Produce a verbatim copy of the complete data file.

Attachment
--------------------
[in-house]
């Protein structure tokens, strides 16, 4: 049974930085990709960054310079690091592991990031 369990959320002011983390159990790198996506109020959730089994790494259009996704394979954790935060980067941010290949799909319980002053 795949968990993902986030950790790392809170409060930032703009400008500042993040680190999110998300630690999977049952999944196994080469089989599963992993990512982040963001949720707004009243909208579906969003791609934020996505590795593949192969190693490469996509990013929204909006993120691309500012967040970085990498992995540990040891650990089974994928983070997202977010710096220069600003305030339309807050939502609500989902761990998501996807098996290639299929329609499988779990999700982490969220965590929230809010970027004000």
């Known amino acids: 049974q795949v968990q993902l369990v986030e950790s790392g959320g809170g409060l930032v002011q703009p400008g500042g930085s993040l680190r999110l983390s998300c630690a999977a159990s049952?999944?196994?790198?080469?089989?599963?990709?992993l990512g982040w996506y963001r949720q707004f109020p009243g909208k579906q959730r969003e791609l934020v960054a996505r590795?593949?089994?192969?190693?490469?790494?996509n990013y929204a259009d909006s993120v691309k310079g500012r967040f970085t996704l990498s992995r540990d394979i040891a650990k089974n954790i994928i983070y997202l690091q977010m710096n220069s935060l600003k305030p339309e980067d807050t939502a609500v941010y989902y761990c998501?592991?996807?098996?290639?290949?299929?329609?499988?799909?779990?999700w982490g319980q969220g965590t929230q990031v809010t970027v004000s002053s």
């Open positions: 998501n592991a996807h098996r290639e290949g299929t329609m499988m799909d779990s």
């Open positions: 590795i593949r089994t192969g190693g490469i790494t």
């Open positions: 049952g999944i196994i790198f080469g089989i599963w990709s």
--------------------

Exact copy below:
[in-house]
């Protein structure tokens, strides 16, 4: 049974930085990709960054310079690091592991990031 369990959320002011983390159990790198996506109020959730089994790494259009996704394979954790935060980067941010290949799909319980002053 795949968990993902986030950790790392809170409060930032703009400008500042993040680190999110998300630690999977049952999944196994080469089989599963992993990512982040963001949720707004009243909208579906969003791609934020996505590795593949192969190693490469996509990013929204909006993120691309500012967040970085990498992995540990040891650990089974994928983070997202977010710096220069600003305030339309807050939502609500989902761990998501996807098996290639299929329609499988779990999700982490969220965590929230809010970027004000």
């Known amino acids: 049974q795949v968990q993902l369990v986030e950790s790392g959320g809170g409060l930032v002011q703009p400008g500042g930085s993040l680190r999110l983390s998300c630690a999977a159990s049952?999944?196994?790198?080469?089989?599963?990709?992993l990512g982040w996506y963001r949720q707004f109020p009243g909208k579906q959730r969003e791609l934020v960054a996505r590795?593949?089994?192969?190693?490469?790494?996509n990013y929204a259009d909006s993120v691309k310079g500012r967040f970085t996704l990498s992995r540990d394979i040891a650990k089974n954790i994928i983070y997202l690091q977010m710096n220069s935060l600003k305030p339309e980067d807050t939502a609500v941010y989902y761990c998501?592991?996807?098996?290639?290949?299929?329609?499988?799909?779990?999700w982490g319980q969220g965590t929230q990031v809010t970027v004000s002053s």
């Open positions: 998501n592991a996807h098996r290639e290949g299929t329609m499988m799909d779990s």
């Open positions: 590795i593949r089994t192969g190693g490469i790494t």
């Open positions: 049952g999944i196994i790198f080469g089989i599963w990709s």